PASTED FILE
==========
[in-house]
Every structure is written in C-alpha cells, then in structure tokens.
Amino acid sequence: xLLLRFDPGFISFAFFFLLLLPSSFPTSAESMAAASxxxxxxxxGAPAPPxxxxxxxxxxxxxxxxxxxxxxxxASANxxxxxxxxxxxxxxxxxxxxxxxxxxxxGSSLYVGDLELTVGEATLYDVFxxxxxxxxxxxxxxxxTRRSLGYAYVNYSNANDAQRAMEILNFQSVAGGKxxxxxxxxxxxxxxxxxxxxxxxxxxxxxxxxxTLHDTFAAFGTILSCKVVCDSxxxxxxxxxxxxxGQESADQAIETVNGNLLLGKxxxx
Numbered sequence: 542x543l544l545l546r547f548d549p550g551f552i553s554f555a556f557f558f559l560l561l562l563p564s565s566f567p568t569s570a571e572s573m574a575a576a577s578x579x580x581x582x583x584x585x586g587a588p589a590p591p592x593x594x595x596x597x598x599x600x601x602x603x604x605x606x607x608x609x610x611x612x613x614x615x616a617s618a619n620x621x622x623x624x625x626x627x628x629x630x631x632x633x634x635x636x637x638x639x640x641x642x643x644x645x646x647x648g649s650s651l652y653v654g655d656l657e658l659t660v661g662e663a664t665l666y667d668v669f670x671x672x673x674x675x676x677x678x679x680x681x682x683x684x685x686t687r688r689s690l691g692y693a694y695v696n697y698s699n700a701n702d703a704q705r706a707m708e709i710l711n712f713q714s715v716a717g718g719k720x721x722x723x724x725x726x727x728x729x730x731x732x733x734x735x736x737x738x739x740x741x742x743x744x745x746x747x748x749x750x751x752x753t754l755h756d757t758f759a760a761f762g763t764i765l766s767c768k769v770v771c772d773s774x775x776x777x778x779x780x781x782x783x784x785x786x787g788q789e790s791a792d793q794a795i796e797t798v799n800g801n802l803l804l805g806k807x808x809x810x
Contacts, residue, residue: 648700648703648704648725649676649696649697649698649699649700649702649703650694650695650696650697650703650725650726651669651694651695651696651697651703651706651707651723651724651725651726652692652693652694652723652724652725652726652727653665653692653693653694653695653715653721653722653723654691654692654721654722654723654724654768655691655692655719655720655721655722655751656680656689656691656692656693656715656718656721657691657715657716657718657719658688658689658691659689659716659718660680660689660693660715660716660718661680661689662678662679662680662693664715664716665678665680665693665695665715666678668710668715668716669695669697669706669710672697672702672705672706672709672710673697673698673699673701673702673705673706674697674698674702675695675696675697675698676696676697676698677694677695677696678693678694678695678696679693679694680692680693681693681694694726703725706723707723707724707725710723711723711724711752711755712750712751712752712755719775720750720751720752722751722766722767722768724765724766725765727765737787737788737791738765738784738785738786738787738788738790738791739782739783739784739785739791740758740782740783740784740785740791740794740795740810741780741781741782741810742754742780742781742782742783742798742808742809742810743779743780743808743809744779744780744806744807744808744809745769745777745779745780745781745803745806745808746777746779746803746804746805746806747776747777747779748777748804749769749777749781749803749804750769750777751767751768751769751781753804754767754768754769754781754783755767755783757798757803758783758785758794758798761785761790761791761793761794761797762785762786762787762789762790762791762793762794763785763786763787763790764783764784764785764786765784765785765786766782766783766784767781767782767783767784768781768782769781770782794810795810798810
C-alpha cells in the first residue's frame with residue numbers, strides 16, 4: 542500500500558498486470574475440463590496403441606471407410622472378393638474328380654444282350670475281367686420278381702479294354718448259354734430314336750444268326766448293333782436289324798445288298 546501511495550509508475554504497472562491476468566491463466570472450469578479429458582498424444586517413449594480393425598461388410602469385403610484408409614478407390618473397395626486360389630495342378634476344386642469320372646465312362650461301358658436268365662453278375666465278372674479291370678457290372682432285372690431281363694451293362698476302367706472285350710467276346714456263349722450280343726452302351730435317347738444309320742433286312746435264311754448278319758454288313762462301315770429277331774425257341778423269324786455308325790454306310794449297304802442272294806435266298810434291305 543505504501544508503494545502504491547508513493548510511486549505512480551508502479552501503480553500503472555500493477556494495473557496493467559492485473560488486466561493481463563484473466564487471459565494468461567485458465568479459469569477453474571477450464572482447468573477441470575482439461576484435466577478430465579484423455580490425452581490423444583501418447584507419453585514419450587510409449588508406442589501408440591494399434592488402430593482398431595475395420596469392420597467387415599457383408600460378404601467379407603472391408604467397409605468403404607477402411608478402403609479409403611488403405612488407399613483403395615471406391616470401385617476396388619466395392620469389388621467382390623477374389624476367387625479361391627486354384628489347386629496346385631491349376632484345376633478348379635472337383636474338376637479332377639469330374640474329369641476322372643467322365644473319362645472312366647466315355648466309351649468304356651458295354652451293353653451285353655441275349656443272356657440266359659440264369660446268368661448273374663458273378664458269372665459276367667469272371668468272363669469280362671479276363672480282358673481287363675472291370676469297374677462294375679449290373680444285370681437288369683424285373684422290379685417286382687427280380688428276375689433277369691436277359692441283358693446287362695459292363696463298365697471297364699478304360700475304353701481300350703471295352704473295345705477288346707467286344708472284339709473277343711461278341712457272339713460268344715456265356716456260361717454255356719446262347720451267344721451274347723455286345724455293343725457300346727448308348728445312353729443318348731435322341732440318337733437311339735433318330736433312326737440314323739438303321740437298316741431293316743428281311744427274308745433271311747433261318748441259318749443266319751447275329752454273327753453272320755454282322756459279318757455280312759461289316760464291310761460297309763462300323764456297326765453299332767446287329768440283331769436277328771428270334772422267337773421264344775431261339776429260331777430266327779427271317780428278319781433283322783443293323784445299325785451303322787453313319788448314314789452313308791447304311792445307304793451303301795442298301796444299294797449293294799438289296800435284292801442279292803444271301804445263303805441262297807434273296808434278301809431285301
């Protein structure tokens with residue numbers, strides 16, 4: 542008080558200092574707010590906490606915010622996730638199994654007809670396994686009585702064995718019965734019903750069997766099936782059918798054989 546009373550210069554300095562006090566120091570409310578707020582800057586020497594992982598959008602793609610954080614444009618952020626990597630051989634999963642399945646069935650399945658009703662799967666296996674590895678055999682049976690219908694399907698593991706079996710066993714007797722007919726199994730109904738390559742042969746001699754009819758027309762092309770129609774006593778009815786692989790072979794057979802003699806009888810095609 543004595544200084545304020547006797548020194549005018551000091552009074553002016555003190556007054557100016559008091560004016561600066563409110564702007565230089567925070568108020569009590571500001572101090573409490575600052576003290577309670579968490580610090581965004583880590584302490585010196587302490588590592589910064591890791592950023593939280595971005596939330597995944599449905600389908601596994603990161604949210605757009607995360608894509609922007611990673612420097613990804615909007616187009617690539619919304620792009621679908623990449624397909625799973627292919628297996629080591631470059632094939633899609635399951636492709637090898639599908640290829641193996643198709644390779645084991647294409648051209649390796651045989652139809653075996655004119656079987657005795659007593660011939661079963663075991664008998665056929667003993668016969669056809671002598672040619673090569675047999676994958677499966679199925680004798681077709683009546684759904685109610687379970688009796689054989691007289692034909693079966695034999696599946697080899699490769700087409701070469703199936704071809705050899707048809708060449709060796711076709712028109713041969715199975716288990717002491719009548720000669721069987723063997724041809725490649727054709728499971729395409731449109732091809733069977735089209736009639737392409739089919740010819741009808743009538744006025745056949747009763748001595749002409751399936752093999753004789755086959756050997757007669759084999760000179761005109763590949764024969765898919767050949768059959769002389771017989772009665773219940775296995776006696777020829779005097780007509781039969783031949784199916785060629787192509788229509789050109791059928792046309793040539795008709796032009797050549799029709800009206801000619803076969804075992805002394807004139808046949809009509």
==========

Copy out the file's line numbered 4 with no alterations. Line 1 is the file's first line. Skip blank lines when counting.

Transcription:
Numbered sequence: 542x543l544l545l546r547f548d549p550g551f552i553s554f555a556f557f558f559l560l561l562l563p564s565s566f567p568t569s570a571e572s573m574a575a576a577s578x579x580x581x582x583x584x585x586g587a588p589a590p591p592x593x594x595x596x597x598x599x600x601x602x603x604x605x606x607x608x609x610x611x612x613x614x615x616a617s618a619n620x621x622x623x624x625x626x627x628x629x630x631x632x633x634x635x636x637x638x639x640x641x642x643x644x645x646x647x648g649s650s651l652y653v654g655d656l657e658l659t660v661g662e663a664t665l666y667d668v669f670x671x672x673x674x675x676x677x678x679x680x681x682x683x684x685x686t687r688r689s690l691g692y693a694y695v696n697y698s699n700a701n702d703a704q705r706a707m708e709i710l711n712f713q714s715v716a717g718g719k720x721x722x723x724x725x726x727x728x729x730x731x732x733x734x735x736x737x738x739x740x741x742x743x744x745x746x747x748x749x750x751x752x753t754l755h756d757t758f759a760a761f762g763t764i765l766s767c768k769v770v771c772d773s774x775x776x777x778x779x780x781x782x783x784x785x786x787g788q789e790s791a792d793q794a795i796e797t798v799n800g801n802l803l804l805g806k807x808x809x810x